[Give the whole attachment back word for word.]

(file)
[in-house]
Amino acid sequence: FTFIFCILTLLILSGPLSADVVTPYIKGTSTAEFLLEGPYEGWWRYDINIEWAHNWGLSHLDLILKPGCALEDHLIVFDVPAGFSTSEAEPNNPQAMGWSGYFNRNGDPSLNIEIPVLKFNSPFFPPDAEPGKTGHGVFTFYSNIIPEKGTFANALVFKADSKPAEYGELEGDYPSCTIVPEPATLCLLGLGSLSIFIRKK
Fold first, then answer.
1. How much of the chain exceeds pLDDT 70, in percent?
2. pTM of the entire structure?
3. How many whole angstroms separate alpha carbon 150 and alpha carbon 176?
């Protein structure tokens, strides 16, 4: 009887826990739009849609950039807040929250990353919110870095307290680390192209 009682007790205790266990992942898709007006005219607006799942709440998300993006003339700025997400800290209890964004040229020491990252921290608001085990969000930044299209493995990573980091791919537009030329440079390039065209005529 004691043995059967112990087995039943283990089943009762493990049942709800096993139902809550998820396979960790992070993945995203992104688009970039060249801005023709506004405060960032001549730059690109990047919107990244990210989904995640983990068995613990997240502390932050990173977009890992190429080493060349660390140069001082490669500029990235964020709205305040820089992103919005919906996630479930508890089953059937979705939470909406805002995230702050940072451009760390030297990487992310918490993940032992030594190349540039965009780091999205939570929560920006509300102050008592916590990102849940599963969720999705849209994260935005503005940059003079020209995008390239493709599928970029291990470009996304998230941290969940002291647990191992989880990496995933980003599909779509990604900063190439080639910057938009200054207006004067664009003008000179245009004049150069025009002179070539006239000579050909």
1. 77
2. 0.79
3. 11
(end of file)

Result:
[in-house]
Amino acid sequence: FTFIFCILTLLILSGPLSADVVTPYIKGTSTAEFLLEGPYEGWWRYDINIEWAHNWGLSHLDLILKPGCALEDHLIVFDVPAGFSTSEAEPNNPQAMGWSGYFNRNGDPSLNIEIPVLKFNSPFFPPDAEPGKTGHGVFTFYSNIIPEKGTFANALVFKADSKPAEYGELEGDYPSCTIVPEPATLCLLGLGSLSIFIRKK
Fold first, then answer.
1. How much of the chain exceeds pLDDT 70, in percent?
2. pTM of the entire structure?
3. How many whole angstroms separate alpha carbon 150 and alpha carbon 176?
């Protein structure tokens, strides 16, 4: 009887826990739009849609950039807040929250990353919110870095307290680390192209 009682007790205790266990992942898709007006005219607006799942709440998300993006003339700025997400800290209890964004040229020491990252921290608001085990969000930044299209493995990573980091791919537009030329440079390039065209005529 004691043995059967112990087995039943283990089943009762493990049942709800096993139902809550998820396979960790992070993945995203992104688009970039060249801005023709506004405060960032001549730059690109990047919107990244990210989904995640983990068995613990997240502390932050990173977009890992190429080493060349660390140069001082490669500029990235964020709205305040820089992103919005919906996630479930508890089953059937979705939470909406805002995230702050940072451009760390030297990487992310918490993940032992030594190349540039965009780091999205939570929560920006509300102050008592916590990102849940599963969720999705849209994260935005503005940059003079020209995008390239493709599928970029291990470009996304998230941290969940002291647990191992989880990496995933980003599909779509990604900063190439080639910057938009200054207006004067664009003008000179245009004049150069025009002179070539006239000579050909």
1. 77
2. 0.79
3. 11